The psalm is not a reading but a congregational response following the lesson from Hebrew Scripture: it is normally sung with a refrain or recited by the congregation as poetry. Occasionally, a canticle is appointed in place of a psalm; it is sung or recited in the same way. The New Century Hymnal provides a complete liturgical psalter with refrains and music.
A hymn may be sung as an introduction to the proclamation of the Gospel.
Notes on the Lectionary and Liturgical Colors
by the Rev. Susan Blain, Curator for Worship and Liturgical Arts (email@example.com)
Faith Formation Ministry, Local Church Ministries, United Church of Christ
(Essay based on an article by Laurence Hull Stookey: “Putting Liturgical Colors in their Place” in Calendar: Christ’s Time for the Church ©1996 Abingdon Press.)
The use of colors to differentiate liturgical seasons is a custom in use among some Western churches for hundreds of years. Although the custom of using colors is an ancient one, there has not always been agreement on what the colors should be. The Council of Trent in 1570, a Roman Catholic response to the Reformation, codified the colors for the Roman Catholic Church. When we talk about “traditional” colors today, we usually are referring to that codification. There were four basic colors in that codification: purple (penitence), red (Spirit or Martyrs memorials), green (long season after Pentecost) and white (festivals). Other colors, or no color at all, were acceptable variants in some regions.
The Reformation of course was a watershed for Christian ritual practice. Anglican and Lutheran churches often used some form of liturgical colors; however, the Reformed tradition of churches, where the UCC falls, for the most part did away with the custom of using colors, opting for much more simplicity. During the ecumenical liturgical movement of the mid-20th Century, Protestant churches began to look back at some of the ritual and colorful practices of the past with an eye toward reclaiming them to help give expression to feeling, tone, and imagery underlying the lectionary stories.
Before the Reformation’s iconoclasm, and Trent’s code, practices varied from place to place, often depending on what was available. Indeed, in some places the custom was to organize vestments into practical categories of “best,” “second best,” and “everyday” — not depending on the color at all. For Christmas and Easter the “best” vestments were used, no matter the color! Other, less prominent feasts or Sundays got “second best” or “everyday.”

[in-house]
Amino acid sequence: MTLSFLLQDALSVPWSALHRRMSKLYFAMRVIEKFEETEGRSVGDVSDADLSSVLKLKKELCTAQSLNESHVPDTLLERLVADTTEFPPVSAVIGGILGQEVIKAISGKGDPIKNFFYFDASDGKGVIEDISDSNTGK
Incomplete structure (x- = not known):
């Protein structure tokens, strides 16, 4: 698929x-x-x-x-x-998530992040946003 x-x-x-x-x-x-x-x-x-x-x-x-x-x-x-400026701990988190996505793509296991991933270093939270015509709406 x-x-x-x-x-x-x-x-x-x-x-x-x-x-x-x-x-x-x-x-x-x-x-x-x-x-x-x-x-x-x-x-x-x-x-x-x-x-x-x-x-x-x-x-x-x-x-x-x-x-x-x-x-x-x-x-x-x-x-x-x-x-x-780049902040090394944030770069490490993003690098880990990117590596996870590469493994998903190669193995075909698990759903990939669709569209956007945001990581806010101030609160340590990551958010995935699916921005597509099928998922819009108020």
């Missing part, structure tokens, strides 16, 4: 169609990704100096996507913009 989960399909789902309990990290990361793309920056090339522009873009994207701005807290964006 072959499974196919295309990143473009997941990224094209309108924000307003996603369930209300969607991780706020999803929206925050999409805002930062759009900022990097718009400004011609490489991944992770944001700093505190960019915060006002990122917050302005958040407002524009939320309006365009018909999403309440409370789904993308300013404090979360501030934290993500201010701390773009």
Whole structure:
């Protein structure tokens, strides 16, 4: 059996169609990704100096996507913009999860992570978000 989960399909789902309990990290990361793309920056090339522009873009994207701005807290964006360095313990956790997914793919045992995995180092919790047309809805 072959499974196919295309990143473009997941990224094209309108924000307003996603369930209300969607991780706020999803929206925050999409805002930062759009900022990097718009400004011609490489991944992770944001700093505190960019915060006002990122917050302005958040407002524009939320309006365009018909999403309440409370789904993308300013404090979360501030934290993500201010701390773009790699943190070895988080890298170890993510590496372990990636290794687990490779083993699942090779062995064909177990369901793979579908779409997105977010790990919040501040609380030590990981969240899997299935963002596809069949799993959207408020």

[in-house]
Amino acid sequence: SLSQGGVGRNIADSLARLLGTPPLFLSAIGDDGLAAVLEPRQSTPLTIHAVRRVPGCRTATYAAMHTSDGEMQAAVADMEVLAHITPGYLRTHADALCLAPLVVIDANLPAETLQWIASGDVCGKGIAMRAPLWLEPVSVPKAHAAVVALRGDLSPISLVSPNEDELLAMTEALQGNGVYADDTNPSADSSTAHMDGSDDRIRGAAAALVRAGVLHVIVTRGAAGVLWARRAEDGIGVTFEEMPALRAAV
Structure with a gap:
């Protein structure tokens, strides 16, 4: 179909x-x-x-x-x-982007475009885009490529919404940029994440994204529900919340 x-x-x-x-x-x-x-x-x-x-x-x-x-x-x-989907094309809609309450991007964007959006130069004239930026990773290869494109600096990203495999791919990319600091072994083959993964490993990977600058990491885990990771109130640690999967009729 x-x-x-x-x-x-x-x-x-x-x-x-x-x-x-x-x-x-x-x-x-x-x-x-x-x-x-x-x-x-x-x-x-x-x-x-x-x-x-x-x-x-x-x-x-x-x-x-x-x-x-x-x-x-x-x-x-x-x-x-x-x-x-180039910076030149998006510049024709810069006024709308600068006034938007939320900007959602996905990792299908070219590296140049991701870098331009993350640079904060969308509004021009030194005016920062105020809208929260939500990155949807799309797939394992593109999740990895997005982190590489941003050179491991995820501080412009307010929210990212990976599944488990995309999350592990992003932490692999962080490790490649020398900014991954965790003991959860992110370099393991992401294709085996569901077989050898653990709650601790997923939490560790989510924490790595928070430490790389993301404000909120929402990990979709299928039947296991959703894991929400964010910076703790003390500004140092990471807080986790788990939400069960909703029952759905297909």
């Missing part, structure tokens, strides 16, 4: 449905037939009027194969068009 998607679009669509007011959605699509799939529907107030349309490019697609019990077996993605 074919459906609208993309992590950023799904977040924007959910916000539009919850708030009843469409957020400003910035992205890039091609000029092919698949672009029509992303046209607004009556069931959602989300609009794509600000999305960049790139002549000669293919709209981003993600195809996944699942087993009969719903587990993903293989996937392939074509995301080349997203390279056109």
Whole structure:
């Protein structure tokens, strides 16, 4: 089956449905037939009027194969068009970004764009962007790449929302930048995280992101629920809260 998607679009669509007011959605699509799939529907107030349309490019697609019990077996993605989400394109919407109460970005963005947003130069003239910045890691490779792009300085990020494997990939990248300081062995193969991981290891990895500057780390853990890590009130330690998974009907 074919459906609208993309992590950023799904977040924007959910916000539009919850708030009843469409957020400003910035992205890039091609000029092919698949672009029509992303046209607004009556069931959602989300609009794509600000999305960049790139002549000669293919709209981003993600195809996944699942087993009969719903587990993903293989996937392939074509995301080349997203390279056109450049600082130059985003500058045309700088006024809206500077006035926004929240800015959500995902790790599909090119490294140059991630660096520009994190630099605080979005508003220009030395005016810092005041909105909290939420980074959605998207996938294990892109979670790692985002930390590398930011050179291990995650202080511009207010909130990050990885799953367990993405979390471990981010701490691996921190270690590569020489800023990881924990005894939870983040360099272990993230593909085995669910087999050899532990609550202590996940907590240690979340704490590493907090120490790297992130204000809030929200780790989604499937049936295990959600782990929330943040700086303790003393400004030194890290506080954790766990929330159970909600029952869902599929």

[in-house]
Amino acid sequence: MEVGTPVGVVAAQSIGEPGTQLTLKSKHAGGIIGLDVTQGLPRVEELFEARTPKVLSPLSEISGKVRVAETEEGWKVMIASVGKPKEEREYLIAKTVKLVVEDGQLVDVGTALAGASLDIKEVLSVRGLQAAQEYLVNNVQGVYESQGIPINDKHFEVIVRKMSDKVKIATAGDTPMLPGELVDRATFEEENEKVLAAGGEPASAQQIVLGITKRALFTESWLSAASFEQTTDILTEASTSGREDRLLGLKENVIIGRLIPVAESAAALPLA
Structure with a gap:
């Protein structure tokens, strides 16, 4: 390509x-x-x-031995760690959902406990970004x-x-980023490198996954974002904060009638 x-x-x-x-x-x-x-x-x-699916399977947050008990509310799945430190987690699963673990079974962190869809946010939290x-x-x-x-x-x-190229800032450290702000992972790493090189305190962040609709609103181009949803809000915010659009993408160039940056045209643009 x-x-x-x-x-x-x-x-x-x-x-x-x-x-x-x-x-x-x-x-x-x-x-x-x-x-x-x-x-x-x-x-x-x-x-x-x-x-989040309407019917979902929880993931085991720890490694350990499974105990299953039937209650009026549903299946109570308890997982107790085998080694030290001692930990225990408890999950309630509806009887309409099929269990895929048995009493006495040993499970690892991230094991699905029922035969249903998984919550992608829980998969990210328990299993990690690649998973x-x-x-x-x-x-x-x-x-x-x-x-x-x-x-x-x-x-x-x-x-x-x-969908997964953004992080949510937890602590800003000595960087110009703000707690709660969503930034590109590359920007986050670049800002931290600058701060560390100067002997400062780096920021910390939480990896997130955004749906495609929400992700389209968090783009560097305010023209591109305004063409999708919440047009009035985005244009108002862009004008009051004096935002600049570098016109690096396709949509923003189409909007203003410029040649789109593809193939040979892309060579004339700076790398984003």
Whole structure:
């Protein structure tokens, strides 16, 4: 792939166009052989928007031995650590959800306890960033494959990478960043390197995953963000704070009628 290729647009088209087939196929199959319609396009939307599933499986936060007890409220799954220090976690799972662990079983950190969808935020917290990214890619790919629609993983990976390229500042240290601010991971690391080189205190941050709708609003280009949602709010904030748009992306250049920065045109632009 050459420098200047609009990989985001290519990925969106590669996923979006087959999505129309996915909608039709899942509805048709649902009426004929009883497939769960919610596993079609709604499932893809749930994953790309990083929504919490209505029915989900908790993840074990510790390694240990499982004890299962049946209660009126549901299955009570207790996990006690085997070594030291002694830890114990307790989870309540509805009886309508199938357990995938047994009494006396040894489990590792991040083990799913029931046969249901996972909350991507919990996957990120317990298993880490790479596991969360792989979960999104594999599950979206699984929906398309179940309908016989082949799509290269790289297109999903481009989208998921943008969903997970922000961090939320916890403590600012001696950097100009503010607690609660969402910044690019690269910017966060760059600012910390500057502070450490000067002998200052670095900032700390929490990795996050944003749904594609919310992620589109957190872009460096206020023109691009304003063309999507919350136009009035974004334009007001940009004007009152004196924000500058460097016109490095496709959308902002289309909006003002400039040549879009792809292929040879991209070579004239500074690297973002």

So, here is a challenge to worship planners: Take it upon yourselves to develop and expand the “received” tradition!
Advent and Christmas
There are different approaches to the colors associated with Advent; both have historical precedent.
Violet — once a very expensive color to produce (remember Lydia in Acts?) — was associated with royalty, and so with some traditions of Christ the King. It was also adopted in many churches for use in Lent, and so acquired penitential associations. The Rose color used on Advent 3 — Gaudete (Joy) Sunday, when readings traditionally employed imagery of rejoicing, offered a break from the penitential themes by pointing to the joy, or the dawn, drawing close at Christmas. Some advent wreaths include three Purple and one Rose candle. (Remember that “Gaudete” comes into English as “Gaudy,” and choose a deep, rather than a pale, shade of Rose or Pink!)
Another Advent tradition employs deep Blue, suggesting the long nights in the Northern Hemisphere at this time of year. We wait in expectation and hope in these long nights, not only for the birth of Christ, but also for Christ’s return at the end of history. Candle lighting rituals may take on a particular poignancy in such a context. In this setting, using the Rose candle on the third Sunday of Advent – Gaudete (Joy) — points to the dawn that is coming.
White, or its variant, Gold, first appears on Christmas Eve and may be continued through the Sunday after Christmas, Epiphany, and the Sunday after Epiphany (celebrated by many as the Baptism of Christ) to show that all of these events are festivals related to the incarnation of Jesus Christ.